You need a passphrase to unlock the secret key for
    user: "Alice Person (alice) <alice.person@example.com>"
    4096-bit RSA key, ID 62275E24, created 2017-08-23 (main key ID AA79CCAE)

    Note: Unfortunately, unlike for commits, there is no tag.gpgsign true config as of writing, so to sign tags the -s option has to be remembered.

  4. Verify tag was signed:
    🔷 $ git tag -v v1
    gpg: Signature made 08/23/17 06:34:18 W. Europe Daylight Time
    gpg:                using RSA key 6ADB9D4262275E24
    gpg: Good signature from "Alice Person (alice) <alice.person@example.com>" [ultimate]
    gpg:                 aka "Alice Person (alice) <alice@example.org>" [ultimate]
    object 53e7f2e637eaf3c47b5dcad30b57be7b6829be02
    type commit
    tag v1
    tagger Alice Person <alice.person@example.com> 1503462856 +0200

    Signed tag

Add GPG key to GitHub

  1. Export the public key:
    🔶 $ gpg -a --export alice > public.txt
  2. Copy it.
  3. Go to GPG keys on GitHub.
  4. New GPG Key.
  5. Paste it.
  6. Add GPG Key.
  7. Pushed commits and tags should now look verified, as in this post: GPG signature verification

Sources: help.github.com, StackOverflow, git-scm.com

Edit composer dependencies “inline” while developing

Have a PHP project, and want to re-use some classes in a new project. Moving them to their own repository and turning them into a Composer dependency is a clean way to do that. If hosted on GitHub/BitBucket, it’s even simply to be a bit more proper and fancy by publishing the package on Packagist with automatic updates based on git tags. However, if still heavily developing both the project and the dependency, the round trip through repo/packagist is a pain.

But today I discovered there’s an option called --prefer-source which seems to solve most of this pain. And here’s a basic note-to-self on how to get that to work…

0. Make sure dependency is a composer dependency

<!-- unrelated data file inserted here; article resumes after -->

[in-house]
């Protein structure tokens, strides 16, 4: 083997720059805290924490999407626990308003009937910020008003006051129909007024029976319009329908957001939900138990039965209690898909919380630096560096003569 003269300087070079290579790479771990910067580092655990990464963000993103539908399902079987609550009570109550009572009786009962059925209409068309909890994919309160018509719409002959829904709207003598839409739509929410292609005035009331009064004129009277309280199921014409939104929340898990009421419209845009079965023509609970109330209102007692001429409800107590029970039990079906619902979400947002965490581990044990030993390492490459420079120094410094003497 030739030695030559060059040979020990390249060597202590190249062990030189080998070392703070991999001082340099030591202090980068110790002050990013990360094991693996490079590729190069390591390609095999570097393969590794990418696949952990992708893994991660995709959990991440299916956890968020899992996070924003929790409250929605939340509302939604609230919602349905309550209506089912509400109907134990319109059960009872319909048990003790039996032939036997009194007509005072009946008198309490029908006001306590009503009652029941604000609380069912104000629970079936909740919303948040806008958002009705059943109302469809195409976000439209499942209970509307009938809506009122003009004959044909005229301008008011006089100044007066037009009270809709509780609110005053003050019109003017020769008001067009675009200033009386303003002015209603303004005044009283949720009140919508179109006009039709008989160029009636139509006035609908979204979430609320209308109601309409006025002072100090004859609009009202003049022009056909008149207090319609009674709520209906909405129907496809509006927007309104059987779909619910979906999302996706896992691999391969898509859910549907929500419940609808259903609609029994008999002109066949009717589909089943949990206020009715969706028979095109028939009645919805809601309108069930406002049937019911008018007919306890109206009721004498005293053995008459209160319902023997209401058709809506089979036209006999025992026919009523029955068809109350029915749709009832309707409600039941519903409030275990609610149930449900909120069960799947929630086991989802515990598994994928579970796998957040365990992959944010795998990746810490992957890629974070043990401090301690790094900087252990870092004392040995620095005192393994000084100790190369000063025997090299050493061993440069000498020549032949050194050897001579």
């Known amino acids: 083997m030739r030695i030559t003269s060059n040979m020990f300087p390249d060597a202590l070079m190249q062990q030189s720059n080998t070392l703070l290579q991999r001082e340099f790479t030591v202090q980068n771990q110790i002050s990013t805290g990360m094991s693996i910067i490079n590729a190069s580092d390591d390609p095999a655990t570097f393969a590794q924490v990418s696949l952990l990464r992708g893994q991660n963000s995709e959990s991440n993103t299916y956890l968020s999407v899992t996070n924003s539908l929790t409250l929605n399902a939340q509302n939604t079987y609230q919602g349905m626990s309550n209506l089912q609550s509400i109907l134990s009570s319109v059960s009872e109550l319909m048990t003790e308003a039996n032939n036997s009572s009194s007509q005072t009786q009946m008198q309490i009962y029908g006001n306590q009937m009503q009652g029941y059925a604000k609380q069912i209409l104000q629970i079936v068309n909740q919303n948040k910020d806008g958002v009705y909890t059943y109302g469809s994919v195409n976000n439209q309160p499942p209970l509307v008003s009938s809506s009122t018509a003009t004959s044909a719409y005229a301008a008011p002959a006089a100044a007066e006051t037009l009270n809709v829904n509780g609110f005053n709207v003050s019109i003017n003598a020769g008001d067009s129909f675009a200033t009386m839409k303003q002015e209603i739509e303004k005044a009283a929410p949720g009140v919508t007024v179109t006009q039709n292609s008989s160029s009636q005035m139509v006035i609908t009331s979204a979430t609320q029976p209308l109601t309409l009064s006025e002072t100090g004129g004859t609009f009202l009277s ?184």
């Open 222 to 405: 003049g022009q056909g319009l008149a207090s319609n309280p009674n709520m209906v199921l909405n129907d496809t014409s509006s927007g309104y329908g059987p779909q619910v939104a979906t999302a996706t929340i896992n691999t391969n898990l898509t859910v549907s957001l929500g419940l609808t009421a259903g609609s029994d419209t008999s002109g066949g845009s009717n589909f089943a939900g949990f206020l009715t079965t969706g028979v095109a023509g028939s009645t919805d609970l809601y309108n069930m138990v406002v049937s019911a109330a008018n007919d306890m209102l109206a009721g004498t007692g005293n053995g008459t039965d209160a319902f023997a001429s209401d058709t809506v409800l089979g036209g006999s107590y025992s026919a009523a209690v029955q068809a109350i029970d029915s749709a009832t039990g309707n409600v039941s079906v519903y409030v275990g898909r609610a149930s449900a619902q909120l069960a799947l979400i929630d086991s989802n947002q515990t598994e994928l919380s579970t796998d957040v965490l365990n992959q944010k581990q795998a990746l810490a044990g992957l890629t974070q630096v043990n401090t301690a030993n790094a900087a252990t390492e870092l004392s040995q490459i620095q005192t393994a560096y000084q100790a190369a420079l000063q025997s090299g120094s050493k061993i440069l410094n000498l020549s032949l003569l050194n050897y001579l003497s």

// Dependency composer.json
{
    "name": "my/package",
    "autoload":
    {
        "psr-4": {"": "src/"}
    }
}

1. Add dependency repo and package to root project

// Root project composer.json
{
    "repositories":
    [
        {"type": "vcs", "url": "https://github.com/username/my-project"}
    ],
    "require":
    {
        "my/project": "dev-master",
    }

2. Run update with –prefer-source

$ composer require my/package dev-master --prefer-source

We should now have the package downloaded and, more importantly, if you check ./vendor/my/package it should have the .git directory, meaning you can make immediately working changes there directly, and commit when you’re happy… Our other root project(s) depending on it should then get the update from the source repository after an easy composer update. 👍


Note: I’m a bit fuzzy on what composer does to keep track on whatever different happens through --prefer-source, and it’s an option for both composer install and composer update. For example, at first attempt, I tried to use composer update --prefer-source on a dependency that had already been downloaded, and the .git directory did not turn up, but if I just deleted the vendor directory for that package and then re-ran the command, then the .git was there.

So, feel free to comment if you have some light on that topic 😛🤓